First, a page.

When someone creates a product that is viewed as original and that required significant mental activity to create, this product becomes an intellectual property that must be protected from unauthorized duplication. Examples of unique creations include computer software, art, poetry, graphic designs, musical lyrics and compositions, novels, film, original architectural designs, website content, etc. One safeguard that can be used to legally protect an original creation is copyright.
Under copyright law, a work is considered original if the author created it from independent thinking void of duplication. This type of work is known as an Original Work of Authorship (OWA). Anyone with an original work of authorship automatically has the copyright to that work, preventing anyone else from using or replicating it. The copyright can be registered voluntarily by the original owner if they would like to get an upper hand in the legal system in the event that the need arises.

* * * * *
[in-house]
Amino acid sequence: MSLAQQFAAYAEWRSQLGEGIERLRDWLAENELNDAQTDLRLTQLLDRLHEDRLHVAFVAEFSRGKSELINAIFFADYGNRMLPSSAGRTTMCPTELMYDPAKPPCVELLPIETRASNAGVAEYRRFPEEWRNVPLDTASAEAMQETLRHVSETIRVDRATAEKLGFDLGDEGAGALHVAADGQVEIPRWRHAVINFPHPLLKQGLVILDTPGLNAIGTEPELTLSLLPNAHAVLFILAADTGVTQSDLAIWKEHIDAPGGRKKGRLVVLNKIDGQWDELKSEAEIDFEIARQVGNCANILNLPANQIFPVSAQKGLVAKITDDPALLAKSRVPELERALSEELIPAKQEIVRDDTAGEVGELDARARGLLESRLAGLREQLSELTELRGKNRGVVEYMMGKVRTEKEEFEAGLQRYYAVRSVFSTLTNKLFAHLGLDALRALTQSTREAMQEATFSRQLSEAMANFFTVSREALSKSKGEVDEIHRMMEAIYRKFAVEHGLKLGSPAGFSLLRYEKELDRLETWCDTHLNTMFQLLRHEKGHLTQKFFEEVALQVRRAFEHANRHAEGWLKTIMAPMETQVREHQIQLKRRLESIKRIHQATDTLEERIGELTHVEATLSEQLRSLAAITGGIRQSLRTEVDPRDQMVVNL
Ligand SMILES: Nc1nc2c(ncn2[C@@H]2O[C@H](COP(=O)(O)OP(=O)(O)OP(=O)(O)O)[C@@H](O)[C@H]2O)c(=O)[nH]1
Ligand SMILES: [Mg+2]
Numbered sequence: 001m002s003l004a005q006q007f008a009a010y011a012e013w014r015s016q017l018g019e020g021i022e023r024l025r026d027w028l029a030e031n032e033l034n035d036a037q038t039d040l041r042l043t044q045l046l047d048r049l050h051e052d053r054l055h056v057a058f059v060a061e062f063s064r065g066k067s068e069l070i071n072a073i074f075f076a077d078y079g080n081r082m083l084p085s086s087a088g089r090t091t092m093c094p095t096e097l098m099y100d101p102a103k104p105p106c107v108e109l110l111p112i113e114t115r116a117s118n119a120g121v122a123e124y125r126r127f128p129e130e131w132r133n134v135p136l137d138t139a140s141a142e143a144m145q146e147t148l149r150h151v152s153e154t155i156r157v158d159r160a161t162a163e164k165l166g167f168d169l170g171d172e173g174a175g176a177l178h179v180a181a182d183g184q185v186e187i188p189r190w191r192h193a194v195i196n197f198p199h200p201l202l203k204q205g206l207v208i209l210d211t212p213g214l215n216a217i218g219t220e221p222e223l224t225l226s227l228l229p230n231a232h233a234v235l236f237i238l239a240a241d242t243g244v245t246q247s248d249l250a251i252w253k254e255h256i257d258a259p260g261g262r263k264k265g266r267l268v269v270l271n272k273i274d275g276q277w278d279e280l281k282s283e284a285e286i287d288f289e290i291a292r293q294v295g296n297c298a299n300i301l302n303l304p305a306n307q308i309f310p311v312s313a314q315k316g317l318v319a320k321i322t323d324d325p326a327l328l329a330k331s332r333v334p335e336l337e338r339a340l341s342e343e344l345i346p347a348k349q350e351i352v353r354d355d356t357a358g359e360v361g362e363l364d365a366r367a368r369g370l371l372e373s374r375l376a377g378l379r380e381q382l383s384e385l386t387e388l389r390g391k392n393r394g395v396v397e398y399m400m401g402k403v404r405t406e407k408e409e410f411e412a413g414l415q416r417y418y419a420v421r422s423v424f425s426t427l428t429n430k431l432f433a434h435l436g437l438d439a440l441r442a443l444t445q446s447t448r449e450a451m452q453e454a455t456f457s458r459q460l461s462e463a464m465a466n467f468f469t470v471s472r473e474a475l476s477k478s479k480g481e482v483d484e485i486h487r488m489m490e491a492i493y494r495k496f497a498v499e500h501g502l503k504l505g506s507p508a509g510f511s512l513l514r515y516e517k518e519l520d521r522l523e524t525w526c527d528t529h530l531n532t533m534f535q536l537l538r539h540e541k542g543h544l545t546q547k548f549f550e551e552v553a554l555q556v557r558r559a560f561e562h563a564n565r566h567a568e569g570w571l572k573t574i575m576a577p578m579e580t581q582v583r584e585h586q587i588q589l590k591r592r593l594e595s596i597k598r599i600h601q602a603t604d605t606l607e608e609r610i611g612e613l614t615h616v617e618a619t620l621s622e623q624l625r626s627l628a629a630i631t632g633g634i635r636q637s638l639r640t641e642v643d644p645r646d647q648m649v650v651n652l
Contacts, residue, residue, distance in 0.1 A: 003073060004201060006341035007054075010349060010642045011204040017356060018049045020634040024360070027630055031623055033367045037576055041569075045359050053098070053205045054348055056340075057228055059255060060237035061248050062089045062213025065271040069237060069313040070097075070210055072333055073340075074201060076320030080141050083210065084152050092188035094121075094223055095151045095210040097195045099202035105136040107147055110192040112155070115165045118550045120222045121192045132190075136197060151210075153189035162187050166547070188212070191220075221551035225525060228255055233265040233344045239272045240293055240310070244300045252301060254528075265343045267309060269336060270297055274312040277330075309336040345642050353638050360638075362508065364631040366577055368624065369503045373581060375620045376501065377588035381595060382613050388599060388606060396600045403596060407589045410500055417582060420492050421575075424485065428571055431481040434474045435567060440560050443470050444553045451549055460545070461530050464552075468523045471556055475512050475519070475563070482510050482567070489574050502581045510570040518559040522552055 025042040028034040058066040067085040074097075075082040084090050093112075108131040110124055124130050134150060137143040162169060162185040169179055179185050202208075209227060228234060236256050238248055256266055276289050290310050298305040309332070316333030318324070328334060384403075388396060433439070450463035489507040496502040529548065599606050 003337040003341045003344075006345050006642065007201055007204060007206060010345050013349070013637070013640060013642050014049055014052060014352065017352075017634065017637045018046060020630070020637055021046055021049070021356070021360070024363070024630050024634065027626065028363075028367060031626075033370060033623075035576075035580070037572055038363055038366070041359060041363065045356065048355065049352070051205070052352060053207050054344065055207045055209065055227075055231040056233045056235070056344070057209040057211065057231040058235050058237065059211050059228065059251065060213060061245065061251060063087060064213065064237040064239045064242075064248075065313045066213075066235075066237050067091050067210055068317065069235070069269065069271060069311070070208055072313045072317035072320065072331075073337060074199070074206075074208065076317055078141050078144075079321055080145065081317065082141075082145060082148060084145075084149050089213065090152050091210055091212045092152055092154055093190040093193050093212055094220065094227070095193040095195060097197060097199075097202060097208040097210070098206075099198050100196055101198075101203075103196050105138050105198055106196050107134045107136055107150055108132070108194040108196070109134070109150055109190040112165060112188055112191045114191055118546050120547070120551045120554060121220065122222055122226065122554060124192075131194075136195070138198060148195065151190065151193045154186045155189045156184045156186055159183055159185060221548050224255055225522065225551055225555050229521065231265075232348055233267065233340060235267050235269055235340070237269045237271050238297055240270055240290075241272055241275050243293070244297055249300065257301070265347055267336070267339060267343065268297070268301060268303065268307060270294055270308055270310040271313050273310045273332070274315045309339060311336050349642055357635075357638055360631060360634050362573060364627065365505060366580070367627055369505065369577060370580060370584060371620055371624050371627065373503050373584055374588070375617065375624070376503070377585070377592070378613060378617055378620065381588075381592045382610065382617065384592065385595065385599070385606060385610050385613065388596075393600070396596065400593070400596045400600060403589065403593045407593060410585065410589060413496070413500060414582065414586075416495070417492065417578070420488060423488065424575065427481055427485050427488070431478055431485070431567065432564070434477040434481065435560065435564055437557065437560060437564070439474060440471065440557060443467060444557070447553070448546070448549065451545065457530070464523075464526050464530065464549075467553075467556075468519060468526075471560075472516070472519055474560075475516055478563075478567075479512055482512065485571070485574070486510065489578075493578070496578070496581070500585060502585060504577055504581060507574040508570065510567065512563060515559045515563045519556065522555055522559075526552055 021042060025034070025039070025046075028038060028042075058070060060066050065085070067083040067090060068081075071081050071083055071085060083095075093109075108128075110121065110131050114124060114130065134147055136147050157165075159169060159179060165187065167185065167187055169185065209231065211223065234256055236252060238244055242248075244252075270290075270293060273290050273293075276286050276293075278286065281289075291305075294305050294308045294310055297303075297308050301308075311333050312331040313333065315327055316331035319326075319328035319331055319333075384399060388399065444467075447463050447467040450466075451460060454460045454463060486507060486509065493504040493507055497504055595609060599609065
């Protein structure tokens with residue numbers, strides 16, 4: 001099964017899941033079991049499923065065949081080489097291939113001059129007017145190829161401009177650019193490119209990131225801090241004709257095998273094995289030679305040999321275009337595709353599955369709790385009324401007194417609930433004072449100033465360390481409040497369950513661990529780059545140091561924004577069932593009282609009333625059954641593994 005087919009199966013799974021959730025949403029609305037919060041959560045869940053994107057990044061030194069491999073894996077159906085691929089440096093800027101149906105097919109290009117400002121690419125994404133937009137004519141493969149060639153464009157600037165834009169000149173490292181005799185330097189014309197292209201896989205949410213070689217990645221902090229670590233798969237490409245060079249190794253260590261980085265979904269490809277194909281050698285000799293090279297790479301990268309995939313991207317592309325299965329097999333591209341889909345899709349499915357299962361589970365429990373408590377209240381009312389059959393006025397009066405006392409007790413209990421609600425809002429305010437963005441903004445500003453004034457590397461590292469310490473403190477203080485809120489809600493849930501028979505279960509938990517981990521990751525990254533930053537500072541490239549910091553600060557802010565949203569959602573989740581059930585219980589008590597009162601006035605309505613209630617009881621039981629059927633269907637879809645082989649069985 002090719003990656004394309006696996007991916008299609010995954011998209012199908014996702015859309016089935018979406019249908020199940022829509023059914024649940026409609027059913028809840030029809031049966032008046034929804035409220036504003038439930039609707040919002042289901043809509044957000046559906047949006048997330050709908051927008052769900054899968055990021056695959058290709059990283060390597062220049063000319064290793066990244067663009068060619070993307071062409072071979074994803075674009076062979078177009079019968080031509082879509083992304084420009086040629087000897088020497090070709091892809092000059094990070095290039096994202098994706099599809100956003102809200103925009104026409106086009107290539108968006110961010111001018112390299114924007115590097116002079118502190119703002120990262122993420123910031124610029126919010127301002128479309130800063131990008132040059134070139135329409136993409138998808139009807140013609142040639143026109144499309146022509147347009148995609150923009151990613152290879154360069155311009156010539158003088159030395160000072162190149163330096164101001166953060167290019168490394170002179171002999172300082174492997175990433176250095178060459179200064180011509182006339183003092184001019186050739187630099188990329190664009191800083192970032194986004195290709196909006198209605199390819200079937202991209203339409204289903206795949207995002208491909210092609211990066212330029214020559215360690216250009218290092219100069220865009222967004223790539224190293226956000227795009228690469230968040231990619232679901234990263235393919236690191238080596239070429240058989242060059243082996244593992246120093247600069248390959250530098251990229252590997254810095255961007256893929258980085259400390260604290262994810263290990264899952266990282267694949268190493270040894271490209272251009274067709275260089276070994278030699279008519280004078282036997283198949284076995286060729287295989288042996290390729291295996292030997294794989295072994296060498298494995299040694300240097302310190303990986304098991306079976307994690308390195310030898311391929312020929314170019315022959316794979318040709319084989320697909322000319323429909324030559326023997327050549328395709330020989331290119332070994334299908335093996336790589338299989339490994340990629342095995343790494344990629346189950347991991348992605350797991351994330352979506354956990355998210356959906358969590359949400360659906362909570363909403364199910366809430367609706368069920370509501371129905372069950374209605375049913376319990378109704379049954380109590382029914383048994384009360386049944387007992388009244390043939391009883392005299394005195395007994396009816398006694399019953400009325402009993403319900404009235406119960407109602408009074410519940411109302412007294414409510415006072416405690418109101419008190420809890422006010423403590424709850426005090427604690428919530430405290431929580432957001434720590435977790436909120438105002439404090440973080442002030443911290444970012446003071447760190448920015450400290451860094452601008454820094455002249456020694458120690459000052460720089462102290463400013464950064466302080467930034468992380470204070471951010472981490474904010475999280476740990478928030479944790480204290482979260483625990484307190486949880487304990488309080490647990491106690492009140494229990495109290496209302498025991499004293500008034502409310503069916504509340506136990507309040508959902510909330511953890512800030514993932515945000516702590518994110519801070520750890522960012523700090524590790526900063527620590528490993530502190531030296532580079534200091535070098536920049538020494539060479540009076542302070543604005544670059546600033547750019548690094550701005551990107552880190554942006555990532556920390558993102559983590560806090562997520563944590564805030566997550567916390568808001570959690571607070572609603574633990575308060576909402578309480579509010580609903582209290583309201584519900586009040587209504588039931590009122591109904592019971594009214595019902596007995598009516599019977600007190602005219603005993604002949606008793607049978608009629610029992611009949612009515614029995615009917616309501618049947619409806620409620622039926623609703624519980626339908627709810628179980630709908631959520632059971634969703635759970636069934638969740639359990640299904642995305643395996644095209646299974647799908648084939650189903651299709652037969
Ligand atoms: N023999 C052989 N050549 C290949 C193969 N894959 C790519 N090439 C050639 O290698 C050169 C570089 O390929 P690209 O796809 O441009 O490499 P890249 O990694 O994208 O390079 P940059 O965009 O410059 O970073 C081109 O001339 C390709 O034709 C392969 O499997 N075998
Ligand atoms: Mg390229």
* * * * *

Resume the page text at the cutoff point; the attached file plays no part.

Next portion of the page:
Not all types of work can be copyrighted. A copyright does not protect ideas, discoveries, concepts, or theories. Brand names, logos, slogans, domain names, and titles also cannot be protected under copyright law. For an original work to be copyrighted, it has to be in tangible form. This means that any speech, discoveries, musical scores, or ideas have to be written down in physical form in order to be protected by copyright.